Canada's Central Bank moving to create Central Bank Digital Currency

Central banks around the world have been discussing the possibility of digital currencies as the use of cash continues to dwindle in lieu of electronic and online payment systems, and Canada is no exception


Central banks around the world have been discussing the possibility of digital currencies as the use of cash continues to dwindle in lieu of electronic and online payment systems, and Canada is no exception

Two years ago, the Bank of Canada joined a study group alongside the European Central Bank, the Bank of Japan, the Bank of England, the Swedish Riskbank and the Swiss National Bank to discuss digital currencies, and it appearas as though the lessons learned are beginning to manifest at home, as the Bank has released a list of several "archetypes" of CBDC systems, otherwise known as central bank digital currencies.

The Swedish Central Bank began studying the issue several years ago and has already implemented a pilot project to deal with the country’s declining use of cash however they haven’t reached a final conclusion on whether or not to keep the project. The Bank of Canada stated in a press release in 2020 they would assess the potential for digital currencies.

Under the "centralized" archetype of CBDC, users "do not hold any state, only credentials that authorize access."

It reads: "The distinguishing feature of the centralized archetype is that the total system state is within the trust zone of, and controlled by, one entity. This entity would have the power to approve and apply each update or deny it. Users connecting to the system do not hold any state, only credentials that authorize access. An operation, such as a transaction or issuance, could be fully recorded as a change to information within the zone. In practice, a CBDC system would not be deployed as a single instance. Instead, it would replicate state, possibly to different geographic sites, for backup and availability. Nevertheless, if the instances are under a single entity’s authority, the system can be considered centralized because it preserves the essential characteristic of the total state controlled by one party."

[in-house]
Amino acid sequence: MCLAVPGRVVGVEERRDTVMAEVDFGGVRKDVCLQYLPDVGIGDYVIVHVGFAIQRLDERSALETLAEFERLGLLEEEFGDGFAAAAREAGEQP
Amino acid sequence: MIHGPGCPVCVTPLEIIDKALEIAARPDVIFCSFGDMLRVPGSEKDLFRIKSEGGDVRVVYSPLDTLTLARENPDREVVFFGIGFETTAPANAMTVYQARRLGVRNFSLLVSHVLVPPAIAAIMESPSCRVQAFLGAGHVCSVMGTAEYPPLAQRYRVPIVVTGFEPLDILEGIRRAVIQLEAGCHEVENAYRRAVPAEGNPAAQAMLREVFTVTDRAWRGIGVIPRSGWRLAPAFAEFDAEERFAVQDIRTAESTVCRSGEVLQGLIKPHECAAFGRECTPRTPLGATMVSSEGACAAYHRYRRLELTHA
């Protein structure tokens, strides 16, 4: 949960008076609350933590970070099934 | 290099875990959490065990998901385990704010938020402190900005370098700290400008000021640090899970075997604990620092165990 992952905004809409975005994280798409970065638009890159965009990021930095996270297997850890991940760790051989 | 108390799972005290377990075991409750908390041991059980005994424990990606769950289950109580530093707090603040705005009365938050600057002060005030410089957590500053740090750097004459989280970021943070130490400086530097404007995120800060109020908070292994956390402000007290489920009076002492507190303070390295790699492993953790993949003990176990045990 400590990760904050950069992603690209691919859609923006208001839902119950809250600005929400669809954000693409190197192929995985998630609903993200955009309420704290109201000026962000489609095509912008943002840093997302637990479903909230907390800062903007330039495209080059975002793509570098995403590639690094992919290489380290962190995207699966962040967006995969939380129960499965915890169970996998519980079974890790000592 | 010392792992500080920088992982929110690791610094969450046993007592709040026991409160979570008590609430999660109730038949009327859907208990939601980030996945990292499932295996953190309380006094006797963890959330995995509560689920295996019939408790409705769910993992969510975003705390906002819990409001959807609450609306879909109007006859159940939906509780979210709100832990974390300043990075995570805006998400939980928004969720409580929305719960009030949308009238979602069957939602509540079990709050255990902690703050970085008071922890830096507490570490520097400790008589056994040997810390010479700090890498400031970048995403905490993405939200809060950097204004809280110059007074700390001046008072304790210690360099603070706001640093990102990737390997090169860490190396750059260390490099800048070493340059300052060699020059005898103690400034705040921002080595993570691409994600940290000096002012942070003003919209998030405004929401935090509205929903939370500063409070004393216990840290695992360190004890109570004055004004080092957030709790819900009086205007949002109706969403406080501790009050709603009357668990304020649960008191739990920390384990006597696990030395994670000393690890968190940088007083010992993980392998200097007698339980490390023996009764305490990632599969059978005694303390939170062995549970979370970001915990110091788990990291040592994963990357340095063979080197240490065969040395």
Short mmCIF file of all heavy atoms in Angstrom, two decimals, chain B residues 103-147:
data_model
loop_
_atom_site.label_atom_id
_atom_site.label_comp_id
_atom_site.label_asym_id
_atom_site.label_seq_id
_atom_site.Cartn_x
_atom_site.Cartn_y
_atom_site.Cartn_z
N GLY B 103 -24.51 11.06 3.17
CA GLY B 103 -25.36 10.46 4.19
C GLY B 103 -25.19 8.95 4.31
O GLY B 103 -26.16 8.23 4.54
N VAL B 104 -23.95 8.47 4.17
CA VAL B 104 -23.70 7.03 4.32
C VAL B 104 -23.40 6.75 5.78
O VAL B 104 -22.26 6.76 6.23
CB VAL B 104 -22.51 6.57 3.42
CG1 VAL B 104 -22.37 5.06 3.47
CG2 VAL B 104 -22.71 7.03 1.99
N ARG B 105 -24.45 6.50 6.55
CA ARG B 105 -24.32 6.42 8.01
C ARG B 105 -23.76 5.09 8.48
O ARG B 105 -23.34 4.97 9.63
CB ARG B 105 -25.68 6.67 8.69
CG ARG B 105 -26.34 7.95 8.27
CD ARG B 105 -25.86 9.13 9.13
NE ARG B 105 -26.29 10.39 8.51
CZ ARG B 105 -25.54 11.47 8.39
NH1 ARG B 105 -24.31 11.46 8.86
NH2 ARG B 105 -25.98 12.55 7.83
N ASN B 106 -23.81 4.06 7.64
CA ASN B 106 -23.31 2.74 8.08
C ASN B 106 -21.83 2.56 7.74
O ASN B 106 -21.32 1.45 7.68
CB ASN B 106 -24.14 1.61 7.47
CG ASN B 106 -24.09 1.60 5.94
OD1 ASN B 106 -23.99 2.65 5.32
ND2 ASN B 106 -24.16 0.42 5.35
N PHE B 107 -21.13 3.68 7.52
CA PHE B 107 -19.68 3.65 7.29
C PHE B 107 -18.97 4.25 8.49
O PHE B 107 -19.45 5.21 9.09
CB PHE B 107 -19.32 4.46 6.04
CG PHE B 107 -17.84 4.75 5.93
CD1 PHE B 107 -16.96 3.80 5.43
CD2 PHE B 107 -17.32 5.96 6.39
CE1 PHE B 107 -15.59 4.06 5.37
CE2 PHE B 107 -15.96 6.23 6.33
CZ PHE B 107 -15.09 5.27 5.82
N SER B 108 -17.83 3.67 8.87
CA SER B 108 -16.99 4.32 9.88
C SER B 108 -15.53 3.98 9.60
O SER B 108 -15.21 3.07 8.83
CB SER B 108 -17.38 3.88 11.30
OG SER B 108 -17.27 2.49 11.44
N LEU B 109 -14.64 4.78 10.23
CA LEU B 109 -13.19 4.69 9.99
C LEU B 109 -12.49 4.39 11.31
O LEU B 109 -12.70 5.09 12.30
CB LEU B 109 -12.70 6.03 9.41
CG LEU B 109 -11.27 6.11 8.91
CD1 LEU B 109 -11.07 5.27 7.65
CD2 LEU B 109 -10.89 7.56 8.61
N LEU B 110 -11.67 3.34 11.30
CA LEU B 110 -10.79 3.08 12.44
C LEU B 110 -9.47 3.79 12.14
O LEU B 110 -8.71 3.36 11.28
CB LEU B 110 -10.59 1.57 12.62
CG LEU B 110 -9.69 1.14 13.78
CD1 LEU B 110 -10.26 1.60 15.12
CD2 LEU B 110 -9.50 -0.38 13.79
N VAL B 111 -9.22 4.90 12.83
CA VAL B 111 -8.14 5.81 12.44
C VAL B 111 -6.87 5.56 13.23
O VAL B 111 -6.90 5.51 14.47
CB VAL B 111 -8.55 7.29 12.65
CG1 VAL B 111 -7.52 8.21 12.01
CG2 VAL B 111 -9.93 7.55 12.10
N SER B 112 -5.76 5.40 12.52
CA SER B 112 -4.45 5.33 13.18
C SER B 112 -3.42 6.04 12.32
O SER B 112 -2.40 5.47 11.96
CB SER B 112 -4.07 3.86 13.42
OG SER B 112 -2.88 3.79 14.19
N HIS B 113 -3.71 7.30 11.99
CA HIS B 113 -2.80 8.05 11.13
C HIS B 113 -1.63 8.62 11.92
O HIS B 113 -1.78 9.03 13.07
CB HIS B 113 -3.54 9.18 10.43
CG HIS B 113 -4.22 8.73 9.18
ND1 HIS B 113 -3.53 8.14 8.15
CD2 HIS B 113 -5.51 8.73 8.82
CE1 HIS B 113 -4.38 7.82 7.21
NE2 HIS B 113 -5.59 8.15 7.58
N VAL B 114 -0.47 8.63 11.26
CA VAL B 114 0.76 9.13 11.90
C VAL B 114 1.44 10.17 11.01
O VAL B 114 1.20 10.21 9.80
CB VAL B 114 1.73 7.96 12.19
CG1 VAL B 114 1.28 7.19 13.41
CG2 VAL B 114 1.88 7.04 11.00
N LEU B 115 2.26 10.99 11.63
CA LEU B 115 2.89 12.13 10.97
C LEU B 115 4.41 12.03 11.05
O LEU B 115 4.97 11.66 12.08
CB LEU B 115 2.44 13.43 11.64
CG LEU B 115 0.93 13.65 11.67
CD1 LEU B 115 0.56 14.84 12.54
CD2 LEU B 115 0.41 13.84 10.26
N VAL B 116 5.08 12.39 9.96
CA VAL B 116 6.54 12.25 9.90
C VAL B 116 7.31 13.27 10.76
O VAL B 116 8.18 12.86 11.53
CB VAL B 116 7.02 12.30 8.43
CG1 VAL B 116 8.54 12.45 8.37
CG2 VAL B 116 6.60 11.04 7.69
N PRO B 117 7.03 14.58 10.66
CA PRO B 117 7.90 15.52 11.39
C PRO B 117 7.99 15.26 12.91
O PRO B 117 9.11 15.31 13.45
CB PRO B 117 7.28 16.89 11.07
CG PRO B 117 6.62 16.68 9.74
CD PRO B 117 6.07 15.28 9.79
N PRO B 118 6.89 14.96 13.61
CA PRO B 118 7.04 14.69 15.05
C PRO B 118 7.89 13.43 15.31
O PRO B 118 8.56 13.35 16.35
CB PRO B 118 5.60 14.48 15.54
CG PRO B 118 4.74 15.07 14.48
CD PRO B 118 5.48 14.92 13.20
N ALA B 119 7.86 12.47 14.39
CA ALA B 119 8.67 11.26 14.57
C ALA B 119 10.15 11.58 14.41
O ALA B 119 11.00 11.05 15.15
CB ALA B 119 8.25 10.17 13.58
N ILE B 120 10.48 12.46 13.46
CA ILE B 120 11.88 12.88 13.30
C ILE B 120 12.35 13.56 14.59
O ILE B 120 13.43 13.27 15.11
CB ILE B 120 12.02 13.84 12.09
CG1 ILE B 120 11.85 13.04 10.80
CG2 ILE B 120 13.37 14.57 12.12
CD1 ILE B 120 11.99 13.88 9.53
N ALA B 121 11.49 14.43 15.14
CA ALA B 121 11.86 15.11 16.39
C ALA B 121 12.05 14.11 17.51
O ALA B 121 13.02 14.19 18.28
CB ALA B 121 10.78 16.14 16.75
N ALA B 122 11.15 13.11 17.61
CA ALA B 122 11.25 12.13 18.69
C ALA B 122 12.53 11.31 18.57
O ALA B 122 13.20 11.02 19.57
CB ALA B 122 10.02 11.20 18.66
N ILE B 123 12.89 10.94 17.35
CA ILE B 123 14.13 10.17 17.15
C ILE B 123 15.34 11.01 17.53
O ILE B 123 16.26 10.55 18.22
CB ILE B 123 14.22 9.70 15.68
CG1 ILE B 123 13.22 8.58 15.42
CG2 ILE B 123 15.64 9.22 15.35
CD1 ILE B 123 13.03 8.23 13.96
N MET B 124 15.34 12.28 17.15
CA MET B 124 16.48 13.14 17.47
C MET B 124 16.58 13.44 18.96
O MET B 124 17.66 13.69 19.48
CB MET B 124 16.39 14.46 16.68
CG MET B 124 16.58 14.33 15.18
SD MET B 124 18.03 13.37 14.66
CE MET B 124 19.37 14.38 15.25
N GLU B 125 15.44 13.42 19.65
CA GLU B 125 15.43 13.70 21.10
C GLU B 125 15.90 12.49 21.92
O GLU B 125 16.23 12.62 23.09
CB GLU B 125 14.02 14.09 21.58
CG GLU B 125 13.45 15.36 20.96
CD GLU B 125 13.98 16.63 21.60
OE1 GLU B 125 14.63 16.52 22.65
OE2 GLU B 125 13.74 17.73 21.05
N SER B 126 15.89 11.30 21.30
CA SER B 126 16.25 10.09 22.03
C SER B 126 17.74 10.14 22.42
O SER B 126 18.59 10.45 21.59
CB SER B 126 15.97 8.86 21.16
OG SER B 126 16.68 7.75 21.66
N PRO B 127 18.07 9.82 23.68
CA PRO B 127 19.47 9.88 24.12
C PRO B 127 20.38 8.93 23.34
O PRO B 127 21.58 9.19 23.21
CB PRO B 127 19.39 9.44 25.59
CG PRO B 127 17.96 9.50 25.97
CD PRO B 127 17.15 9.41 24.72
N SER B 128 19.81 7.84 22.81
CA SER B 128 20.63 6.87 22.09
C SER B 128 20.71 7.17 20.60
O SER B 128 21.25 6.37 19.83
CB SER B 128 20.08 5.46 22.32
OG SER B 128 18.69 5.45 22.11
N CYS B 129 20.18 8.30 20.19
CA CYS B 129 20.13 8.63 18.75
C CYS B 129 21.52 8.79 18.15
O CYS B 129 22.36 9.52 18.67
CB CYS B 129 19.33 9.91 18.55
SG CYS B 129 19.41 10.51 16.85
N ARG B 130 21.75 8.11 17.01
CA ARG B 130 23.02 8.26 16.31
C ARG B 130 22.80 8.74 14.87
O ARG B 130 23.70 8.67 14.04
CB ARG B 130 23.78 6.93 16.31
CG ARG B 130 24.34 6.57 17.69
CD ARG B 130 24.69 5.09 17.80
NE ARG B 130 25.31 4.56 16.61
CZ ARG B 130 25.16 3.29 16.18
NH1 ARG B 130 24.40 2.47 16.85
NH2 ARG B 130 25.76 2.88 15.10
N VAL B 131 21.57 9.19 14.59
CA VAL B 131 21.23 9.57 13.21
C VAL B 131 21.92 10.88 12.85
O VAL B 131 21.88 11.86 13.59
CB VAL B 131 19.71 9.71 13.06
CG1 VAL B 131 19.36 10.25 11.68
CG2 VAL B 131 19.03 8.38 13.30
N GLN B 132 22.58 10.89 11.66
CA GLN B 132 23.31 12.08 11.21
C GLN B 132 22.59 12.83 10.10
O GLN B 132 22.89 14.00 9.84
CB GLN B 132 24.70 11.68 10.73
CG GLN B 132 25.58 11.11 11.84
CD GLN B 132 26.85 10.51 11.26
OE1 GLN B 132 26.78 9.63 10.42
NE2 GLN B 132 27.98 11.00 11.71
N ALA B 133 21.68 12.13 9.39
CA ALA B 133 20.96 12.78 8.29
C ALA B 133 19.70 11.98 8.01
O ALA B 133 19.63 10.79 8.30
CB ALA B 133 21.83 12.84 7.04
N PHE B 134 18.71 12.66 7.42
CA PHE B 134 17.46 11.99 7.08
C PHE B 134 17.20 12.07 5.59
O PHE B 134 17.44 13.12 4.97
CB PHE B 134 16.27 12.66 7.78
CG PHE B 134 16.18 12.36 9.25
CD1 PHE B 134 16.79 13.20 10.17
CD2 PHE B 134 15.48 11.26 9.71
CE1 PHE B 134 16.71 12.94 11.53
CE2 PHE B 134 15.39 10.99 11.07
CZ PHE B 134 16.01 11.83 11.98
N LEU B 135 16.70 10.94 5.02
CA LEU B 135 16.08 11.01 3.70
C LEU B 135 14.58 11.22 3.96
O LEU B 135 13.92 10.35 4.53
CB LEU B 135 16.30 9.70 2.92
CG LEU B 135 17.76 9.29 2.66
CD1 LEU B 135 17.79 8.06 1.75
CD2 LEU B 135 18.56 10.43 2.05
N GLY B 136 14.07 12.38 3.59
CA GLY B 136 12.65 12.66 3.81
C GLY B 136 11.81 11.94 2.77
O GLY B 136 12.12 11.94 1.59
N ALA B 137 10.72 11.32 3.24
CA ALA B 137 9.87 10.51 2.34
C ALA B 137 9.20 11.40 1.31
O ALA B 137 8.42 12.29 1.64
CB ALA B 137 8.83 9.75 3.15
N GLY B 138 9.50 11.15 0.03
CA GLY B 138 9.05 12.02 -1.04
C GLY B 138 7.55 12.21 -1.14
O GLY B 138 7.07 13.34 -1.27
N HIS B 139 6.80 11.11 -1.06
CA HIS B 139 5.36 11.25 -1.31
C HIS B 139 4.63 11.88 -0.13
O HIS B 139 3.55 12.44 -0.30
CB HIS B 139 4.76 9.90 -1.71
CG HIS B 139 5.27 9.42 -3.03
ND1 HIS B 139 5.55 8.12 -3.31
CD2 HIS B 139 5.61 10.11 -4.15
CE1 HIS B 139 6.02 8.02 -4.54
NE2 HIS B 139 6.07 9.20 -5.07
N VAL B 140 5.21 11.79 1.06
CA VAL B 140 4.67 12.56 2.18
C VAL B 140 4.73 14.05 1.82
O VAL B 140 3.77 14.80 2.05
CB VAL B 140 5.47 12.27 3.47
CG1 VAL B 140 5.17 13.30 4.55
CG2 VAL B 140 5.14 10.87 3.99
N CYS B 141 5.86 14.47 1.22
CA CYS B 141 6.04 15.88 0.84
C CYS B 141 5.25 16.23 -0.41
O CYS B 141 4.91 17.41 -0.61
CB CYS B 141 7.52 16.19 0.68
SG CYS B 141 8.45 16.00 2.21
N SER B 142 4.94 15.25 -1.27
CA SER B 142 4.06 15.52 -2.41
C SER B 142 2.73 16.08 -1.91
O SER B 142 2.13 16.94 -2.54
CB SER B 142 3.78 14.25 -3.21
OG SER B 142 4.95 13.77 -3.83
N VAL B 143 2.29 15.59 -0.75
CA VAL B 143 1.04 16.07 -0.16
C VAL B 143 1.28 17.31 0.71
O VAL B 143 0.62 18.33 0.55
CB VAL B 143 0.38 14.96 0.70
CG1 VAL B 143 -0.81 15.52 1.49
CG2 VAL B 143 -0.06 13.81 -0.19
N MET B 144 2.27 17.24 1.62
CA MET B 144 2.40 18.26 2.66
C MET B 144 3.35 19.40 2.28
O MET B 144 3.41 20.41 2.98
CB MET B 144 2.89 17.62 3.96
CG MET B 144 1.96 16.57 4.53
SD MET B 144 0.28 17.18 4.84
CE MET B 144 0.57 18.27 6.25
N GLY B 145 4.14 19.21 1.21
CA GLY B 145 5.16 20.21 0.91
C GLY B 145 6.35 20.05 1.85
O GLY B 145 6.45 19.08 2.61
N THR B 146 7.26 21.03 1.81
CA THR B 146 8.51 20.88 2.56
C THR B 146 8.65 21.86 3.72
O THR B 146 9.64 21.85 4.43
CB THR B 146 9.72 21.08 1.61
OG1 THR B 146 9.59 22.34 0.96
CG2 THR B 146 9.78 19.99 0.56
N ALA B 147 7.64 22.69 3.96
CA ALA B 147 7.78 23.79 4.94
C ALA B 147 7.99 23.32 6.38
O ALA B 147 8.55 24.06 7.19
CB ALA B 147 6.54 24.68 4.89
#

Systems such as these have been warned against by many, including Maajid Nawaz, who spoke with Joe Rogan about this potential and the real-world terms.

Nawaz detailed the new system. "So the vaccine passport infrastructure is in place. But now we know that the vaccine doesn't stop infection or transmission but the Checkpoint Charlie exists everywhere. They bring in digital banking, central banking, digital currencies. You've got a scenario now that you're checking in and out everywhere you go, using vouchers that are programmed and you can only spend where you're told you can spend them.

"There's another word for that. That's called the Chinese social credit system. That's what it's called. And anyone who watches Black Mirror will know what I'm talking about," Nawaz said.

"So what they are telling us, and when I say they, who's they, people in power, that's the head of our economy, the Chancellor of the Exchequer, the second most powerful person other than the prime minister, and maybe the foreign secretary in the UK, right?

"He's telling us I just played it there for you. He's telling us that's what he, as the UK, the head of the G7 wants to bring in for the G7. So a scenario where, like in New York at the moment, because the passport infrastructure is in place, you bring in that digital currency, and you've got this total control.

"And if I'm speaking to you the way I'm speaking now, and my employer or government... deems me as saying or doing something inappropriate, suddenly, I can't actually pay to come here and speak to you anymore. My digital currency won't even pay for the ticket. Because it will be known that I'm coming to speak to you, 'sorry, your vouchers don't allow you to purchase that ticket to go and speak to Joe,'" he continued.

"And this is where we get into the kind of censorship that we see in social media," Rogan replied. "You can't have that kind of censorship with the First Amendment in normal discourse, but you can have that kind of censorship if you've developed a digital platform that distributes information, but it's a private company.

Rogan continued: "So think about what money is, you can spend it on whatever you want, versus this digital currency, which is essentially controlled. In a sense, like, you have free speech on Twitter, but you really don't because if you go too far, or you talk about something that they don't find appropriate, they'll just ban your account. That could be what we're looking at in terms of what we think of as free speech being social media platforms, could be what we think of as your free range ability to buy whatever you want with whatever money that you've earned."

Now, in the UK, leaders are voicing their support for the idea of a centralized digital currency. Newly appointed Prime Minister Rishi Sunak wants the UK to be a global hub for cryptocurrency and wants to move toward the creation of a digital currency for the UK.

The Guardian reported last year: "Sunak said a joint Treasury-Bank of England taskforce was being set up as part of a range of measures designed to boost the City following Britain’s departure from the EU.

Then-chancellor Sunak said at a financial industry conference that a joint task force led by Bank of England deputy governor for financial stability Jon Cunliffe and Treasury’s director general of financial services Katharine Braddick would “coordinate exploratory work.'"


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